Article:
Blog dedicated primarily to randomly selected news items; comments reflecting personal perceptions

Tuesday, June 02, 2015

Pakistani Jihadist Deportees

"We anticipate Mr. Ansari's removal will be effected in the near future."
"We do expect that it will be within the next month, but I can't get any more specific than that right now."
Naureen Ismail, officer, Canada Border Services Agency

"[Muhammad Aqeeq Ansari refused to acknowledge the Sipah-e-Sahaba Pakistan had] murdered thousands of people in Pakistan for not sharing their religious views [that it was] a reflection of either wilful blindness or a shared mentality that it is permissible to eliminate anyone who does not share your faith perspective."
"It could have been acceptable that the reason he spent $20,000 purchasing guns and ammunition was the result of the financial irresponsibility of youth and the novelty of having hundreds of thousands of dollars at his disposal."
"The fact, however that he amassed $20,000 in guns and ammunition over such a short period raises questions and concerns, that remain plausibly unanswered, regarding his motives and whether there was an underlying plan given that he also spent a fair amount of time at the gun range practising his shot."
Immigration and Refugee Board
Muhammad Aqeeq Ansari has lived in Canada since 2007 when he arrived on a student visa. But he is now destined to be removed and returned to Pakistan when travel arrangements are finalized. CBSA officers will escort the man back to Pakistan. Mr. Ansari has waived his right to an assessment of the risks he could face on returning to his native country; he has previously insisted that he wishes to return.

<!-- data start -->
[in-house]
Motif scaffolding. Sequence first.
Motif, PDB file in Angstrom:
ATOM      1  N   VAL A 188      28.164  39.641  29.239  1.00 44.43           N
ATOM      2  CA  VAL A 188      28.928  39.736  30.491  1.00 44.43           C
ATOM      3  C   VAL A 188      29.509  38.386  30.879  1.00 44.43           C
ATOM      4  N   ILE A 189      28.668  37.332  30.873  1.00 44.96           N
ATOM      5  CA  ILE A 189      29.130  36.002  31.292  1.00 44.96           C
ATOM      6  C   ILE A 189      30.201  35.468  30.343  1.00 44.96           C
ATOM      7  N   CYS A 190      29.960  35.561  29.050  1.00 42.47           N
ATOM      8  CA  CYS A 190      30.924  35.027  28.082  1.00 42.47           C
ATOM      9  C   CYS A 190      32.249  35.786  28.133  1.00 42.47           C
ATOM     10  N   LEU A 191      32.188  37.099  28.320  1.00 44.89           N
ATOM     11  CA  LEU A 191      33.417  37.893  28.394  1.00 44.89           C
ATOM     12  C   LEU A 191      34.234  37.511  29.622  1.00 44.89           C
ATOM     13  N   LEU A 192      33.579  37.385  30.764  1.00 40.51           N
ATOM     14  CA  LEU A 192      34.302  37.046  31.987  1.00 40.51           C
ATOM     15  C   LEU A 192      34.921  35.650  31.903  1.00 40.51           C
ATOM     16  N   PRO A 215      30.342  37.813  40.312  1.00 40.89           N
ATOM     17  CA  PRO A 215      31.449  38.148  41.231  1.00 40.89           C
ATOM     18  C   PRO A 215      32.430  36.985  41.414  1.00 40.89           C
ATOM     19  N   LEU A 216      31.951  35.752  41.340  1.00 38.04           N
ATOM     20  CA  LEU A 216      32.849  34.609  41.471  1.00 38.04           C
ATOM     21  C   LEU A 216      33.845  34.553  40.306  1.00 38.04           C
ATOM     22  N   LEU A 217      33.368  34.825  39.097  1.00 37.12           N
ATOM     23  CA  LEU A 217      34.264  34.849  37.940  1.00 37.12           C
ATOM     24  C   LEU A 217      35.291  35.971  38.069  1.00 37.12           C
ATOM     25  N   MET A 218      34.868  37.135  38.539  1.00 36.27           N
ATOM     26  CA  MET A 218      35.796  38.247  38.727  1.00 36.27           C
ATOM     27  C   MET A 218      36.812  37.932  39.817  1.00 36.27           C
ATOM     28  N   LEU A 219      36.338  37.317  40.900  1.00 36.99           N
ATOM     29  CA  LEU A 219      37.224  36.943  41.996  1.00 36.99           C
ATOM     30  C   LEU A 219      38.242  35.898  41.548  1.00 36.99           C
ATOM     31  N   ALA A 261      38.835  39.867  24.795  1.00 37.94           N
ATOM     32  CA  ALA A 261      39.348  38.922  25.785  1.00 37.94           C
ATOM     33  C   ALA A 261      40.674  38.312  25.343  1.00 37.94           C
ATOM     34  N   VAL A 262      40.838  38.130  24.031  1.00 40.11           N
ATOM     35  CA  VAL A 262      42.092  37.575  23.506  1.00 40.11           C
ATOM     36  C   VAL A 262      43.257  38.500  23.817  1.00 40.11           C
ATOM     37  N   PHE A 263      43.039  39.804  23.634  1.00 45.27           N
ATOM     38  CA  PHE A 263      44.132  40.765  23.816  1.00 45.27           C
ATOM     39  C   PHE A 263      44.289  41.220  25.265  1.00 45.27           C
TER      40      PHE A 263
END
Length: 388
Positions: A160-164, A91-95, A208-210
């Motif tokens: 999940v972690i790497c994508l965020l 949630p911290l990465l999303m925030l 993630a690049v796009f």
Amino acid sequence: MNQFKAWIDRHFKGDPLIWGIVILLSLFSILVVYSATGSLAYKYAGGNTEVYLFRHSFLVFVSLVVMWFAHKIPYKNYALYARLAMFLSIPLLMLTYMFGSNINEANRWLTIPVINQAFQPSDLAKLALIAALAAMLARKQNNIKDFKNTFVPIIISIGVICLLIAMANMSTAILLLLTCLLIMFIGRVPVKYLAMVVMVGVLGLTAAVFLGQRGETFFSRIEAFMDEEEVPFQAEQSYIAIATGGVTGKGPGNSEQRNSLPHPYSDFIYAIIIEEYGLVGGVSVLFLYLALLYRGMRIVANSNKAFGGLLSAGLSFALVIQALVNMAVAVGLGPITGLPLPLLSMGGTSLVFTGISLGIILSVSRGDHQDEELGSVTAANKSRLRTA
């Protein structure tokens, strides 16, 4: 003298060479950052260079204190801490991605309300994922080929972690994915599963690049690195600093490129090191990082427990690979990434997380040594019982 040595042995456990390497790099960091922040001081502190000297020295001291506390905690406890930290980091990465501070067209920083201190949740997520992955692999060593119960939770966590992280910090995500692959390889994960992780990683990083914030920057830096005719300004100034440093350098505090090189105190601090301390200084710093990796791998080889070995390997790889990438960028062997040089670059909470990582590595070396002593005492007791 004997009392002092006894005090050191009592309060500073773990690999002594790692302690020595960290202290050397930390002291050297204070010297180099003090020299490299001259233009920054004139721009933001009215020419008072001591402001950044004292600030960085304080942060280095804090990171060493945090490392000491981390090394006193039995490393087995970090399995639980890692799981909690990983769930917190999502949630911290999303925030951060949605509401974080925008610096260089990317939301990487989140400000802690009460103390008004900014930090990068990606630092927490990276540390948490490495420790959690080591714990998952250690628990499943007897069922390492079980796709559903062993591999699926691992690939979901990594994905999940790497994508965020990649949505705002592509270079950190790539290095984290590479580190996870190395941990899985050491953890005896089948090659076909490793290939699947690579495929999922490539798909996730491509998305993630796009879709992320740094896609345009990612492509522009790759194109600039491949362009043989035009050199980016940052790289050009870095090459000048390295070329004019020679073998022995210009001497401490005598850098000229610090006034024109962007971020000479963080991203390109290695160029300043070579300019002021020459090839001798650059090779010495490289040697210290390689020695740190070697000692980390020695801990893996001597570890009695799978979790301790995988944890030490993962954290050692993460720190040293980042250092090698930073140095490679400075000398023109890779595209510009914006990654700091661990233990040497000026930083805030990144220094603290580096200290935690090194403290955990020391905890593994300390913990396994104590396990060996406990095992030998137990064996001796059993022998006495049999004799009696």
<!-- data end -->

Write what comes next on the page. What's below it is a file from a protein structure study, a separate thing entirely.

A very nice match for Canada's wish to expel him. Immigration and Refugee Board member Karina Henrique has ordered that Mr Ansari, considered a potential flight risk as someone suspected of plotting harm in Canada, remain in detention, his release being "out of the question". His permanent residency status was removed, and he was ordered deported last month after a ruling that he was a member of the terrorist group Sipah-e-Sahaba Pakistan.

Aside from stockpiling firearms in his brother's basement in Peterborough, Ontario, he had made trips to Pakistan to visit with a cleric who fought "jihad" in Afghanistan. His Internet ramblings about his fundamentalist beliefs also marked him as someone Canada would best be rid of. He was found to be linked to the Pakistan terrorist group by association with a Pakistani Deobandi cleric, formerly a jihadist fighter.

It is known by Canadian intelligence authorities that he was involved with the terrorist jihadi group before his arrival in Canada, and while in Canada had solicited funds for them while promoting the group's goals online. One down, another yet to go. Jahanzeb Malik, arrested in Toronto in March is still awaiting a decision whether to be deported as a threat to Canadian security.

In May an undercover officer with the RCMP testified that Mr. Malik had planned to travel to Syria to join the Islamic State but decided to conduct a terrorist attack in Toronto instead, since he feared he would be detained while attempting to leave the country for his Syrian destination.

Jahanzeb Malik, 33, making an appearance at the Immigration Refugee Board hearing in Toronto on Monday.
Stewart Bell/National Post    Jahanzeb Malik, 33, making an appearance at the Immigration Refugee Board hearing in Toronto on Monday.

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